The Davis Climate Emergency Resolution

The resolution, presented in a memorandum pre-dated for tomorrow’s council meeting, recognizes that “human activities have warmed the earth to a point that threatens climate stability and climate change has already set in motion catastrophic changes to the Earth’s systems,” which, “threatens our city, region, state, nation, civilization, humanity and the natural world” including “a devastating burden to the global economy.”  In an effort to avoid dangerous tipping points, the resolution commits the City of Davis to “taking significant action to move toward net municipal and community carbon neutrality in the short term, with maximum efforts to implement carbon reduction actions by 2030; and accelerate the existing 2050 Davis carbon neutrality goal to a 2040 target.”

The resolution specifically commits the city to engaging with the Natural Resources Commission and partner Cool Davis, accelerating a robust update to the Davis Climate Action and Adaptation Plan, and integration with the General Plan update.

In affirmation of “the need for the understanding, participation and support of the entire Davis community for all actions and initiatives the City may adopt in response to the climate emergency,” the resolution commits the City to “providing outreach, information and education for Davis residents and City staff on the urgency of climate responses, reduction of GHG emissions, the policies and strategies to advance sustainability and resilience; and to regularly assess its GHG reduction goals, actions and policies and provide progress reports and metrics annually.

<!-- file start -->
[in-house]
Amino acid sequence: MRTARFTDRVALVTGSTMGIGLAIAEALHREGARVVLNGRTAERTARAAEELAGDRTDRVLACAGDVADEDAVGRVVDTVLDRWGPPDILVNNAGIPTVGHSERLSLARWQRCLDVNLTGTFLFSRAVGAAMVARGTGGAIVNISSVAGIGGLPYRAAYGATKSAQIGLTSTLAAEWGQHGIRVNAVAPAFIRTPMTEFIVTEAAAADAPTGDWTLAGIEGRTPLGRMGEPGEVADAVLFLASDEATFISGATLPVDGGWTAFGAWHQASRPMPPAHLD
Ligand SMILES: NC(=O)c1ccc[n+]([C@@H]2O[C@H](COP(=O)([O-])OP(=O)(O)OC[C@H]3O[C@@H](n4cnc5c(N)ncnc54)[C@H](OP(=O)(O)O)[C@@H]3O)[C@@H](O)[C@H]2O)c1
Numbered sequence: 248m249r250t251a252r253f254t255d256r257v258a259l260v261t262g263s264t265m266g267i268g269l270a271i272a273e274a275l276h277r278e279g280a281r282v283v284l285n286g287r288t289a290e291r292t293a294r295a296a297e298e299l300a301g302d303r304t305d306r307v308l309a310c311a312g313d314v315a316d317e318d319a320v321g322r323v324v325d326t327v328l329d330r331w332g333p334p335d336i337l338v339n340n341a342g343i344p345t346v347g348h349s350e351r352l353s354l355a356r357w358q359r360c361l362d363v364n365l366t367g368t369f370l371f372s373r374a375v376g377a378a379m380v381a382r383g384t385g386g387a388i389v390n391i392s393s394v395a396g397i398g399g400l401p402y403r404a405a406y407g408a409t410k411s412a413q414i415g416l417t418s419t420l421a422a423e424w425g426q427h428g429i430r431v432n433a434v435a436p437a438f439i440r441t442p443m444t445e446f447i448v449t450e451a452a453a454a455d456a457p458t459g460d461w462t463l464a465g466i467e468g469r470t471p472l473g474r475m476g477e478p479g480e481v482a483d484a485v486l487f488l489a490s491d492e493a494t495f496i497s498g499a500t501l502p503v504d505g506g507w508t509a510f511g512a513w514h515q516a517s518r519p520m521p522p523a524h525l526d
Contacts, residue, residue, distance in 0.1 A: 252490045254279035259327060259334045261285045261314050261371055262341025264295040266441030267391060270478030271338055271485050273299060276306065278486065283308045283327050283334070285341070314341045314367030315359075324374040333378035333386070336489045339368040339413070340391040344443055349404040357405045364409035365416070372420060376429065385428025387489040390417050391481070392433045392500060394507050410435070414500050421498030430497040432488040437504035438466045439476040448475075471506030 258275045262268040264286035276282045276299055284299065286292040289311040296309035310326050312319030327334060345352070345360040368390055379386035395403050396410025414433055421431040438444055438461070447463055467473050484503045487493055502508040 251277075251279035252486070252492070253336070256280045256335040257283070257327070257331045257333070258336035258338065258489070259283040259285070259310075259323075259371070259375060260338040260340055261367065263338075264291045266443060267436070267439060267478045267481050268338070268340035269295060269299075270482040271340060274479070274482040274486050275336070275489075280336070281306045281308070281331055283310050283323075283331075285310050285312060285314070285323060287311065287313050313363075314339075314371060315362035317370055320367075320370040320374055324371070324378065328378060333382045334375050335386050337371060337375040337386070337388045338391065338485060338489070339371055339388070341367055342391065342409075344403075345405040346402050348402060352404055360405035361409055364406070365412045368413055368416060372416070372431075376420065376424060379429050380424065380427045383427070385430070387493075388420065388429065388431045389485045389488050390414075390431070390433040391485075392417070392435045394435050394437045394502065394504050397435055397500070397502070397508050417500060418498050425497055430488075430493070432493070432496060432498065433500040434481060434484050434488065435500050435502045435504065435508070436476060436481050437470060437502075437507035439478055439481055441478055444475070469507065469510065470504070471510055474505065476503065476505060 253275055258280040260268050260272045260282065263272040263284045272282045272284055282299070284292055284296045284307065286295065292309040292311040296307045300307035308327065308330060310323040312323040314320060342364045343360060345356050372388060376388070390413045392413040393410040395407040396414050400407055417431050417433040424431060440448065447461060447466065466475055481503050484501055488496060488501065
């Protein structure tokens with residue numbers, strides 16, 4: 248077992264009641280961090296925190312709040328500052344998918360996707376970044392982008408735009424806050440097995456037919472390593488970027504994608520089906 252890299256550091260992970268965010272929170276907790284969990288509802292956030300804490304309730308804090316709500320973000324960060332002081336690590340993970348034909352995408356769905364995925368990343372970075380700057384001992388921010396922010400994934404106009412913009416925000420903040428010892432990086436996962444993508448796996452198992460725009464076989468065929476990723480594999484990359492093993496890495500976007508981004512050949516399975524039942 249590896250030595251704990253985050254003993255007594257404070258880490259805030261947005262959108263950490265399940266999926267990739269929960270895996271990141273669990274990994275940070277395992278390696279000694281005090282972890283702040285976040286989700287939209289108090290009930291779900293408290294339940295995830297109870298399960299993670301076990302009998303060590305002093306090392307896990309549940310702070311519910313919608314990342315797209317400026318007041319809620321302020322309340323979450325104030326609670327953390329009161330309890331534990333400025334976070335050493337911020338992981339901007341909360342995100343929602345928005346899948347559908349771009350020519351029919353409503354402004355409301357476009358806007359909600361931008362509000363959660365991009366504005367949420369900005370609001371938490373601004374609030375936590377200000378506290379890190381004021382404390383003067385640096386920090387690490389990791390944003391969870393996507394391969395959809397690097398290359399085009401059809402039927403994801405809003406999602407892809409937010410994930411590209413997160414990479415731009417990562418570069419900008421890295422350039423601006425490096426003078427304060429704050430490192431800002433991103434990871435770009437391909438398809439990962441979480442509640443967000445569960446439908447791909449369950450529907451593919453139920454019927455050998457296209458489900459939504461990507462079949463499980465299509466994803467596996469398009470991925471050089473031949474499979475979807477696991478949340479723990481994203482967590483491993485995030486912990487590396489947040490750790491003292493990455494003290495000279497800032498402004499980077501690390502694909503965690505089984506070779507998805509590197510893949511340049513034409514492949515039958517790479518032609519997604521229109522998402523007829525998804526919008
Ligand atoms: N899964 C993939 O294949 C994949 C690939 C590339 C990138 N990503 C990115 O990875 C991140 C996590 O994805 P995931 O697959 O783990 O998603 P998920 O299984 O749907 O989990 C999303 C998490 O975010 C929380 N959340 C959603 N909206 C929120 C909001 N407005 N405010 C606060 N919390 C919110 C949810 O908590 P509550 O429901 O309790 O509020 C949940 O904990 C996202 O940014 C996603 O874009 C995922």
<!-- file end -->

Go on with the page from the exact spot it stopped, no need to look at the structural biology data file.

The resolution also commits to “keeping the considerations of disadvantaged communities central to the climate emergency mobilization planning process” and encouraging “these communities to directly advocate for their specific needs.”

If passed, the city would promise to “advocate for implementing aggressive state and federal policies to eliminate GHG emissions” in the three parallel Cool Davis domains: transportation, built environment (for Cool Davis, home energy), and consumption. The highlights for transportation include moving toward a completely electrified transportation system; for the built environment, moving toward zero net energy for new and retrofitted construction; and, for consumption, addressing several water, food, waste, urban forest, and other issues.

City Council Meets at Our Community Chambers

Members of the community are always encouraged to attend the City Council meeting to be held at Community Chambers, 23 Russell Boulevard, starting at 6:30pm (corner of Russell and “B” Streets) and may speak about the resolution. For more information about your City’s regular meetings, visit the City of Davis website.

For the agenda for tomorrow’s meeting, visit this regularly updated web page.

The full memo from the City Council Legislative Subcommittee to the City Council is available on the city website.

By Lynne Nittler with contributions from Leslie Crenna

The current Davis City Council takes a moment out from a planning retreat to support and amplify the efforts of partner Cool Davis. Photo credit Leslie Crenna.